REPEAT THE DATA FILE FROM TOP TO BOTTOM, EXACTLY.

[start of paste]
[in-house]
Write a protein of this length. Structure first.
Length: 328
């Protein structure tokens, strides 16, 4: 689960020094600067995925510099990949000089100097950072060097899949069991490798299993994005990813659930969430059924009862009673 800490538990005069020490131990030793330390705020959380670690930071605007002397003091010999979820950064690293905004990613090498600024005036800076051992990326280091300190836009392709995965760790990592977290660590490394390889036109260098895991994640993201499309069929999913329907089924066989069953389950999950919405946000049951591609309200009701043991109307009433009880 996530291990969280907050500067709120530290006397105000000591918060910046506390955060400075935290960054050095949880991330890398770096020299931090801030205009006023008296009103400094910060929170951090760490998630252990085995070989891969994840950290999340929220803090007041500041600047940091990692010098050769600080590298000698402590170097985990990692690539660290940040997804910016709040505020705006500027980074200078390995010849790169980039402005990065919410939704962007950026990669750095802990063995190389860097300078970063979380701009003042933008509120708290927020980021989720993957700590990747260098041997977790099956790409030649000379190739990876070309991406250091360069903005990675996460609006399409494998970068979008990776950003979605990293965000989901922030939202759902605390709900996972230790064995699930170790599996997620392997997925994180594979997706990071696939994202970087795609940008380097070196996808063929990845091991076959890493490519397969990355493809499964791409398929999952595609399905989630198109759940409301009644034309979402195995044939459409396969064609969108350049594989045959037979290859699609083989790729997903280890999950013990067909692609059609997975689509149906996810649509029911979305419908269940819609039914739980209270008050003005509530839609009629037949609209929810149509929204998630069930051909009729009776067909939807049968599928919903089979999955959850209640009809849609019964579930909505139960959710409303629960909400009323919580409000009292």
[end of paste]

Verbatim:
[in-house]
Write a protein of this length. Structure first.
Length: 328
């Protein structure tokens, strides 16, 4: 689960020094600067995925510099990949000089100097950072060097899949069991490798299993994005990813659930969430059924009862009673 800490538990005069020490131990030793330390705020959380670690930071605007002397003091010999979820950064690293905004990613090498600024005036800076051992990326280091300190836009392709995965760790990592977290660590490394390889036109260098895991994640993201499309069929999913329907089924066989069953389950999950919405946000049951591609309200009701043991109307009433009880 996530291990969280907050500067709120530290006397105000000591918060910046506390955060400075935290960054050095949880991330890398770096020299931090801030205009006023008296009103400094910060929170951090760490998630252990085995070989891969994840950290999340929220803090007041500041600047940091990692010098050769600080590298000698402590170097985990990692690539660290940040997804910016709040505020705006500027980074200078390995010849790169980039402005990065919410939704962007950026990669750095802990063995190389860097300078970063979380701009003042933008509120708290927020980021989720993957700590990747260098041997977790099956790409030649000379190739990876070309991406250091360069903005990675996460609006399409494998970068979008990776950003979605990293965000989901922030939202759902605390709900996972230790064995699930170790599996997620392997997925994180594979997706990071696939994202970087795609940008380097070196996808063929990845091991076959890493490519397969990355493809499964791409398929999952595609399905989630198109759940409301009644034309979402195995044939459409396969064609969108350049594989045959037979290859699609083989790729997903280890999950013990067909692609059609997975689509149906996810649509029911979305419908269940819609039914739980209270008050003005509530839609009629037949609209929810149509929204998630069930051909009729009776067909939807049968599928919903089979999955959850209640009809849609019964579930909505139960959710409303629960909400009323919580409000009292």